IT started out as Friday Free Feedz, a drive-thru style food distribution to those who needed it in Southport – “no questions asked, no explanations needed” – put on by Aquinas College, Ashmore staff and community members, but it became a real glimpse into the needs of the community.
Assistant principal religious education Joe Alexander said he had a feeling the initiative really “tapped into something” meaningful and relevant.
He said he was surprised by the need that was there and the drive-thru style worked well because it was less confronting to those who needed help.
“There was one grandma who came through and she was in tears and just told us that of her extended family, nine in her extended family, four of the adults are now without work because they all worked in hospitality,” Mr Alexander said.
“They had six kids and she just said, ‘Give us anything, we’ll take anything you’ve got.’”
The initial goal was to hand out 100 warm meals, but over two Fridays alone, it was closer to 250 meals each day.
“They were gone so quickly,” Mr Alexander said.
Many who came looking for a meal had no connection to the school, but were in need, and the crew at Aquinas College were ready to help.
But as students return to school, warm meals would be replaced by food hampers because the labour hours wouldn’t be available as staff transitioned back into classroom teaching.
It offered a chance for the students to take control of the initiative though.
The 44 pastoral care classes in the college would each chip in a hamper of groceries for those in need.
Mr Alexander said the Year 11 and 12 students had been back a week earlier than the other students but he said it was “amazing how keen they are to be involved”.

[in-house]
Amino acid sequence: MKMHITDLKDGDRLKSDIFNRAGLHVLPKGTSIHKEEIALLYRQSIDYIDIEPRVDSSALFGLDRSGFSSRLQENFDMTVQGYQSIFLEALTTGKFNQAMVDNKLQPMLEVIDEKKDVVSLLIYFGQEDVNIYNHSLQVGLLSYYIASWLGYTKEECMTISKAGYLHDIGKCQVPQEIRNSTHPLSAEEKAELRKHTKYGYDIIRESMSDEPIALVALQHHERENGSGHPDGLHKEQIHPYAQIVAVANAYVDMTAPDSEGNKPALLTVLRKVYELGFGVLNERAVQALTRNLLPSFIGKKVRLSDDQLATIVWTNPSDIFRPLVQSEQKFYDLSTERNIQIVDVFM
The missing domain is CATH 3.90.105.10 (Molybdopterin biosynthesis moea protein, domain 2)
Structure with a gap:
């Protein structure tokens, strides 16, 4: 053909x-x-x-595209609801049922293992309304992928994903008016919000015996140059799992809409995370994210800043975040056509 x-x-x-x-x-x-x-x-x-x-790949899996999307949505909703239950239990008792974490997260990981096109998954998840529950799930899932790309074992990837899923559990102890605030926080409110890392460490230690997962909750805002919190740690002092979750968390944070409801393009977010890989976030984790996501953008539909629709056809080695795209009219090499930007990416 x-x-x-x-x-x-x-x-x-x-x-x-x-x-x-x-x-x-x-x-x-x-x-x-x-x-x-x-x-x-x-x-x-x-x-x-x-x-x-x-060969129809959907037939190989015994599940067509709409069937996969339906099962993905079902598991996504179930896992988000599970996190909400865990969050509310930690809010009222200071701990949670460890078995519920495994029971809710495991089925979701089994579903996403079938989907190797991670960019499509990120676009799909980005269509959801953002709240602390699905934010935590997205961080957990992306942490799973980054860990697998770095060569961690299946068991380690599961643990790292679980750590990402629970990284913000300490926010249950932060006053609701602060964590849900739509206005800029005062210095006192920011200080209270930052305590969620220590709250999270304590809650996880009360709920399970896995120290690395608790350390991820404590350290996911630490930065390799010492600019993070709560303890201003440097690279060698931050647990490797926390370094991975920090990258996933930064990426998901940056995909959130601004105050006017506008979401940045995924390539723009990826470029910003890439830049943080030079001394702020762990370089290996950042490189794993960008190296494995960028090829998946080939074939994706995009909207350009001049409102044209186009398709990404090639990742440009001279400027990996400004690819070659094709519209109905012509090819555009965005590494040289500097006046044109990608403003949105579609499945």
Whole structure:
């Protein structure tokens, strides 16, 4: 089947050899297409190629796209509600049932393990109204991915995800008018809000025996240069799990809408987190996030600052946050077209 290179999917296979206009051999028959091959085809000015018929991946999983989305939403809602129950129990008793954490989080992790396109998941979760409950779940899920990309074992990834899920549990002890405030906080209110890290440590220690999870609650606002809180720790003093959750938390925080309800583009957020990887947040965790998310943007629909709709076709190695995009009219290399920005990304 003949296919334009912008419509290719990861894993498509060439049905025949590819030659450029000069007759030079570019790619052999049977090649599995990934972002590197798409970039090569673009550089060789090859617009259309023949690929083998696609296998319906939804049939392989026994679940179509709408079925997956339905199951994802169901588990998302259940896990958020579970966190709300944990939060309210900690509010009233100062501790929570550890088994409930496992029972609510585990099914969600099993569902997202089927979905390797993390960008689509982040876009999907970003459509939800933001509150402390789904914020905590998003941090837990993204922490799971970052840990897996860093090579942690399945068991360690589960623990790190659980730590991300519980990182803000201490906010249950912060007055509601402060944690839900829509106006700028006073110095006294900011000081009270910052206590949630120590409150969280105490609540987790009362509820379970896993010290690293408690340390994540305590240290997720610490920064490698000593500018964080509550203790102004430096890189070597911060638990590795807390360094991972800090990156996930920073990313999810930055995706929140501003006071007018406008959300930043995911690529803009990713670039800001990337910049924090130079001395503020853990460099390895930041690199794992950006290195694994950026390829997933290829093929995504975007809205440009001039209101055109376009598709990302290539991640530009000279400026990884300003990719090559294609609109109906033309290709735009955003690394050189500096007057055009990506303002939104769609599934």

It had all started because a need had presented itself in the school community.
“We were acutely aware that many families in our school community were losing jobs and were doing it particularly tough,” Mr Alexander said.
“I also became aware too, that a lot of the homeless groups in Southport… like Rosies and Orange Sky, aren’t operating at the moment.
“We kind of had a real philosophy of no questions – we didn’t want to make any judgments – anyone who came through just let us know how many meals they needed.”
The resources were available because the tuckshop was not serving students and the hospitality set-up had a commercial kitchen laying idle.
And then there was the support.
“We had a whole lot of donations, virtually all the costs of the food all came from staff donations,” Mr Alexander said.
“That tallied up to probably a couple thousand dollars, all our staff just donated, teachers particularly.”
Donations started flooding in after local media spread word about the initiative; Mr Alexander had multiple ABC Radio interviews and the local newspaper featured the initiative too.
The whole initiative went to the heart of the Catholic identity at Aquinas College.
Normally, around this time of year the college was closely connected with its local Vinnies chapter through the Vinnies Sleep Out but that was simply not possible with COVID-19.
“Our college has always had a commitment to social justice and, in a way, it’s not something new but perhaps what we’ve tried to do is kind of something relevant and meaningful to the particular time at the moment,” Mr Alexander said.
“We’re just trying to find a way to do something.”